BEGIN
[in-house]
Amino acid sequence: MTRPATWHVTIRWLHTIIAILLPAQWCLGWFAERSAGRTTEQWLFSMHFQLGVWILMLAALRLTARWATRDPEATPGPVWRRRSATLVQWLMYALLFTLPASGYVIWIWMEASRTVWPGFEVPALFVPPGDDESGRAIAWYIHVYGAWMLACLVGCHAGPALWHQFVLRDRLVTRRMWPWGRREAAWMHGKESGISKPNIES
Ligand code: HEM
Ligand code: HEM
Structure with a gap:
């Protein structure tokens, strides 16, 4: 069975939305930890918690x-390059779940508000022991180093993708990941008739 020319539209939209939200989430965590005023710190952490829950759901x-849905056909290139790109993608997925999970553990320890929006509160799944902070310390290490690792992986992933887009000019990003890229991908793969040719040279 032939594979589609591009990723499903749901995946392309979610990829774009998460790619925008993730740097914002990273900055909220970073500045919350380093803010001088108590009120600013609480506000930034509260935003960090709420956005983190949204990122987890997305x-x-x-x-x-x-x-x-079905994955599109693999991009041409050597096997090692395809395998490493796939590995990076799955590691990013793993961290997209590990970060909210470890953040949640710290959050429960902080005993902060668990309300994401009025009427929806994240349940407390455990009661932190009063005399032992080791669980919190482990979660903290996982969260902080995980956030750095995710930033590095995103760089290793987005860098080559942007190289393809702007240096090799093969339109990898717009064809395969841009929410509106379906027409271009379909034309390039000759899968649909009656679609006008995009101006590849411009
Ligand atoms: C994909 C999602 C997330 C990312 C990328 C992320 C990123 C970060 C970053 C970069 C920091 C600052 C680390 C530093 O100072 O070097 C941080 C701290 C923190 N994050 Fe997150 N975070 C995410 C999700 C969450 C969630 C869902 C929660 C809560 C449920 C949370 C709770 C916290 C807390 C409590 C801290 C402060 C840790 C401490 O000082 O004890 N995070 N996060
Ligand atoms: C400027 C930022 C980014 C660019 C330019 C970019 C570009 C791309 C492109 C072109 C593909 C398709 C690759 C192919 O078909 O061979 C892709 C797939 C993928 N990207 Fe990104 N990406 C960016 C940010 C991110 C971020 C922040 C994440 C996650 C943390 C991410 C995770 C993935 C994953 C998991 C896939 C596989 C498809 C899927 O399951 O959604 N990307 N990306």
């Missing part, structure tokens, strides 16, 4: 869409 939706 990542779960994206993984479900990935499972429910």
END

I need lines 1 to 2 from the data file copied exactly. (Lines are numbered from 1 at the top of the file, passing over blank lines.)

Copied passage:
[in-house]
Amino acid sequence: MTRPATWHVTIRWLHTIIAILLPAQWCLGWFAERSAGRTTEQWLFSMHFQLGVWILMLAALRLTARWATRDPEATPGPVWRRRSATLVQWLMYALLFTLPASGYVIWIWMEASRTVWPGFEVPALFVPPGDDESGRAIAWYIHVYGAWMLACLVGCHAGPALWHQFVLRDRLVTRRMWPWGRREAAWMHGKESGISKPNIES